WHINSEC: Excellence Starts Here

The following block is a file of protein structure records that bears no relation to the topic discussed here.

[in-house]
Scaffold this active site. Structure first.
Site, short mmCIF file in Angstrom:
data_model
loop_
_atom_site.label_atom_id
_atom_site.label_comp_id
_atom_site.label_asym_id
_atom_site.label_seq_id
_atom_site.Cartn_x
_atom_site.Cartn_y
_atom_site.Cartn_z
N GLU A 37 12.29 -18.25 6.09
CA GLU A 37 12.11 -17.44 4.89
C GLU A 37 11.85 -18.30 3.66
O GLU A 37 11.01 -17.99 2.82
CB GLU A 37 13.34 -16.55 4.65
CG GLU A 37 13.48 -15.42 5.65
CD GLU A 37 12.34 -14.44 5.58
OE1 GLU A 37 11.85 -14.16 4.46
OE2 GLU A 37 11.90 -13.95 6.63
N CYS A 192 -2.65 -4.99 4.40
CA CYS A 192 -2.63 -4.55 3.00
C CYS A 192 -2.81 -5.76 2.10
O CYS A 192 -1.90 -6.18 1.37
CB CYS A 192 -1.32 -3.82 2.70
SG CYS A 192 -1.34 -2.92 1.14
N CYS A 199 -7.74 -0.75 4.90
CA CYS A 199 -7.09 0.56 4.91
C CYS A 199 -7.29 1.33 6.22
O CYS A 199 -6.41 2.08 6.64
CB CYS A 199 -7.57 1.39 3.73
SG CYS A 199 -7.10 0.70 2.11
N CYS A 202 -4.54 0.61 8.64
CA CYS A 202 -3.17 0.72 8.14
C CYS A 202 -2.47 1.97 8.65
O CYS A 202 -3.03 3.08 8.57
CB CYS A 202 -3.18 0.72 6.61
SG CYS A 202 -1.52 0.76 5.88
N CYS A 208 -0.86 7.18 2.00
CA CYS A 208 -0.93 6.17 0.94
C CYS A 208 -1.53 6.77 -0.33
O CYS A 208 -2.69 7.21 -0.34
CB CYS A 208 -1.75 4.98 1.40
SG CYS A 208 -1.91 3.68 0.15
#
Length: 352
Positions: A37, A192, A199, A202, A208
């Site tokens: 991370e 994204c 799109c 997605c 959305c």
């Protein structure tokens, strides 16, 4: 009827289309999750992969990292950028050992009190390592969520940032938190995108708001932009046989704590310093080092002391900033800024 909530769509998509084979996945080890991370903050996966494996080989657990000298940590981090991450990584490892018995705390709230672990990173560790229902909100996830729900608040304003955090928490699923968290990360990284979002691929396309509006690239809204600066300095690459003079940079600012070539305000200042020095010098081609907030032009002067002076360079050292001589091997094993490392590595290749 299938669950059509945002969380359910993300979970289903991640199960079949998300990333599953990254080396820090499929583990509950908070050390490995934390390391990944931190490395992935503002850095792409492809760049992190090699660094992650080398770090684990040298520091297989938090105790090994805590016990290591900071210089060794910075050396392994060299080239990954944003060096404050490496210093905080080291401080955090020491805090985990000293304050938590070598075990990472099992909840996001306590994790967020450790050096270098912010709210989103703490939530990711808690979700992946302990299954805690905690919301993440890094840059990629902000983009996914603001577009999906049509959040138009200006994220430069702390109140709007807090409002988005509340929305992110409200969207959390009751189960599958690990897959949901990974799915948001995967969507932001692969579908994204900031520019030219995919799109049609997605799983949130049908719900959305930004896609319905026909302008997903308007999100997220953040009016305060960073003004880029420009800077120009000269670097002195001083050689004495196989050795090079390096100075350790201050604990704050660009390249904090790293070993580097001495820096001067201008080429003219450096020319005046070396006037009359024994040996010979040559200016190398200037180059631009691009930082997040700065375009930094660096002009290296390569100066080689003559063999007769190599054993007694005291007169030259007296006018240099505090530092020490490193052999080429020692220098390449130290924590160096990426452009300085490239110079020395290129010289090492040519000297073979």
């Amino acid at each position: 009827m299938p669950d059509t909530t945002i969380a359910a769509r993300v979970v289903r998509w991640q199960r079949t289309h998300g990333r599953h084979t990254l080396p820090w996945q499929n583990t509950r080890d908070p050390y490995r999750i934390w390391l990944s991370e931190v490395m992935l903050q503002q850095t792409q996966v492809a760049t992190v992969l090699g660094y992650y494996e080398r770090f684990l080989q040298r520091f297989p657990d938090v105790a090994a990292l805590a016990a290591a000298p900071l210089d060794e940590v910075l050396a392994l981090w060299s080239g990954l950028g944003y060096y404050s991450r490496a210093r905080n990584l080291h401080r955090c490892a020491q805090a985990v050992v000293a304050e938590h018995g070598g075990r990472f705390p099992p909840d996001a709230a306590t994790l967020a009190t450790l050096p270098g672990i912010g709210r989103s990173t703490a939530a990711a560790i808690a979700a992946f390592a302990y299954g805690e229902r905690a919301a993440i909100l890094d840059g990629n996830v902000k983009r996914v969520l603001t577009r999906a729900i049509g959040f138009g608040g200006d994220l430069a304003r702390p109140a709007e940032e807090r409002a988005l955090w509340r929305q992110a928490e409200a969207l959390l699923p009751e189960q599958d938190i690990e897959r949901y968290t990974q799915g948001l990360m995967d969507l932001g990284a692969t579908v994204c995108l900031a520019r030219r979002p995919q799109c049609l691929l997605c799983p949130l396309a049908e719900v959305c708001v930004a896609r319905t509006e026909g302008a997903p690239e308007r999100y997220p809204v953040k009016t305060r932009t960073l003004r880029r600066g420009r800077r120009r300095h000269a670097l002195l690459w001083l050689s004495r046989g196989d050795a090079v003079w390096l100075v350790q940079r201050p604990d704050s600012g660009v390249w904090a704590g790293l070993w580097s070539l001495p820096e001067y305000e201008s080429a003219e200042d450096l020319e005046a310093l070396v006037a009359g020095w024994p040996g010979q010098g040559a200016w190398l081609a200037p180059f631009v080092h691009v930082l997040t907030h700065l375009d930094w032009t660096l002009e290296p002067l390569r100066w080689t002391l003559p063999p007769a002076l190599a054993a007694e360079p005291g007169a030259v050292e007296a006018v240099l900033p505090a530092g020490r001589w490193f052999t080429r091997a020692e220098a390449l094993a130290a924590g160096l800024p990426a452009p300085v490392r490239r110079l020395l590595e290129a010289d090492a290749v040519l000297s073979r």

By Dialogo August 17, 2009Good morning!!! Let me introduce myself, I am from Chile and I am a Second Lieutenant Officer in the Army, in the year 2008, I was in Whinsec completing a leadership course for cadets as part of my military tour, I am now postulating the Peace Operations in my country, and therefore I direct myself to you because it is my wish to have some sort of training in Whinsec to improve my knowledge and in so doing add a â€œplusâ€ to the other postulants of the mission. I hope that with my military capacity I could begin to complete some course, with the possibility of me footing the bill for any costs. Thank you in advance, many thanks!! my colonel, your editorial is very well done I feel so proud to have been in these whinsec classrooms since the training that received was put in practice in my unit here in Colombia, although itâ€™s been a long time, having been there in 2008 for the 04/ITC course but the knowledge is not forgotten thanks to you and the team of instructors as well as whinsec many thanks I. INTRODUCTION.- The constant challenge faced by institutions involved in the dynamic process of teaching and learning has to do with the quality of instruction offered by a highly qualified teaching staff, capable of exercising a positive influence on student behavior in the efficient performance of their work and consequent fulfillment of their mission. The Staff and Faculty Development Department (SFDD) of the "Western Hemisphere Institute for Security Cooperation (WHINSEC)":https://www.infantry.army.mil/WHINSEC/ has taken up this challenge as part of the educational system, committed to the department’s primary responsibility of training the instructors who will form part of the Institute’s faculty and those who, after successfully completing the Instructor Training Course (ITC), will take on this role in their home institutions and countries, becoming messengers and replicators of our doctrine and philosophy as graduates of our Institute. This responsibility is the benchmark for our efforts and the inspiration for our motto, “*EXCELLENCE STARTS HERE*.” Teaching excellence should be understood as an interactive behavior incorporating imagination and creativity as important parts of a rich repertoire of pedagogical resources. Its principal aim is to foster the development of the student’s personal abilities, encouraging and motivating cooperation among students and always demonstrating enthusiasm, energy, and dedication, especially with students in need of additional support. The objective of teaching excellence is to equip students with the capability to face new challenges and threats with a forward-looking, wide-ranging, professional, and competent vision. In line with these considerations, every institution aspires to achieve “excellence,” although it is harder to maintain than to achieve, in a complex world in which competition and high expectations are constant and the instructor’s role is a weighty one. In order to develop this focus, we should start from a basis that will permit us to define our instructional goals objectively. In order to do so, we should answer three questions that will guide this process. *What is going to be taught?, For what purpose is it going to be taught?, and How is it going to be taught?* II. DEVELOPMENT. What is going to be taught? The answer to this question is related to clearly identifying the needs of the student as an important and active contributing part of his institutional, national, and hemispheric context. Our answer should concentrate on the work that our students will perform, and so we need research to shed light on these unknown factors and ongoing evaluations to alert us to changes in the initial frame of reference. This task is performed by WHINSEC through the evaluations conducted by the SFDD and the Quality Assurance Office (QAO). For what purpose is it going to be taught? This question has to do with meeting the expectations of WHINSEC’s users, so that the product offered by the student in the practical performance of his tasks meets the needs identified in the first process. Asking “For what purpose is it going to be taught?” highlights two concrete objectives. The first is to engage each student’s “zone of proximal development” and is addressed in the Instructor Training Course (ITC) through curricular content: Principles of Adult Learning, Instructional Objectives, Test Development, Instructional Methods, Instructional Aids, Communication Techniques, Control and Interaction Techniques, Portfolio and Lesson-Plan Development, and Human Rights, Armed Forces, and Democracy. The second objective is to engage the group’s “zone of potential development” through the concept of “teamwork,” addressed in the Small-Group Instructor Training Course (SGITC). This course covers the Experiential Learning Cycle; Group Development, Consensus, and Feedback; Interventions; the Johari Window; and Theory and Practice of Small-Group Instruction. How is it going to be taught? This question basically refers to choosing the methods and techniques to be used, establishing the essential conditions, space requirements, and pedagogical requirements, determining the number of students, and everything else that has to do with creating a suitable instructional environment. These three benchmarks are based on an educational framework that clearly defines the governing concepts for the entire instructional process. Granted, there are a variety of theories that might offer us guidance; nevertheless, military and police instruction today, in the author’s judgment, should be based on four pillars that shape modern education: Learning to learn, Teaching to learn, Learning to teach, and Teaching to teach. Learning to learn. Many individuals are unfamiliar with or have not developed learning strategies to facilitate the learning process, and when faced with this difficulty, they intuitively use the method they have always used in the past, which does not always turn out to be the best one. Learning to learn is important for today’s instructors and students, since we live in an environment in which technology provides an abundant flow of information, and we need techniques and methods to help us organize and classify the information and knowledge that we obtain. Teaching to learn. Learning is a skill that the instructor should develop in his students, familiarizing them with the techniques, methods, and tools that will permit them to learn correctly and efficiently. This objective is related to the previous one and differs from it only in that the instructor should teach the student how to study in order to learn. Learning to teach. Undoubtedly, this objective brings the SFDD closer to the Department’s specific mission, which is to develop our students’ knowledge of the process of teaching. The instructor, in addition to knowing the subject matter he will teach, should be familiar with different instructional techniques and methods and make use of suitable instructional aids in developing his class. The SFDD fulfills this objective in WHINSEC. Teaching to teach. The replicator effect sought as part of educational philosophy should take into account this aspect of an instructor’s training, since this training should teach him to teach the content of a subject or specialty, producing a replicator effect that expands the horizons of learning. These pillars are the essential guide to our objectives and to the Department’s vision, based on the guidelines of the U.S. Army Training and Doctrine Command (TRADOC). III. CONCLUSION.- We start from the foundation of excellence as the aspiration of every institution that takes its educational mission seriously, considering three questions the answers to which guide the educational process, a process that in the author’s judgment should be based on four pillars of the modern concept of education. Without doubt, the thrilling dynamics of teaching and learning require the design of ambitious and up-to-date programs that shatter old paradigms as the only means to find new and better ways of solving current problems and confronting future ones. Excellence rests on the activity of the instructor as the process’s principal actor, who should be engaged in constant study and research in pursuit of personal development, so as to be an inexhaustible source of knowledge. He should develop habits and aptitudes that set an example for his students. He should stay humble, recognizing that he does not know everything and that he wants to share generously what he does know. He should remember that as an instructor he has an opening that gives him a great opportunity to penetrate his students’ minds, hearts, and spirits, to engrave on the marble of their consciences the principles and values appropriate to an upright man - the supreme reason for an instructor’s apostolate and the one that will make him forever a true teacher.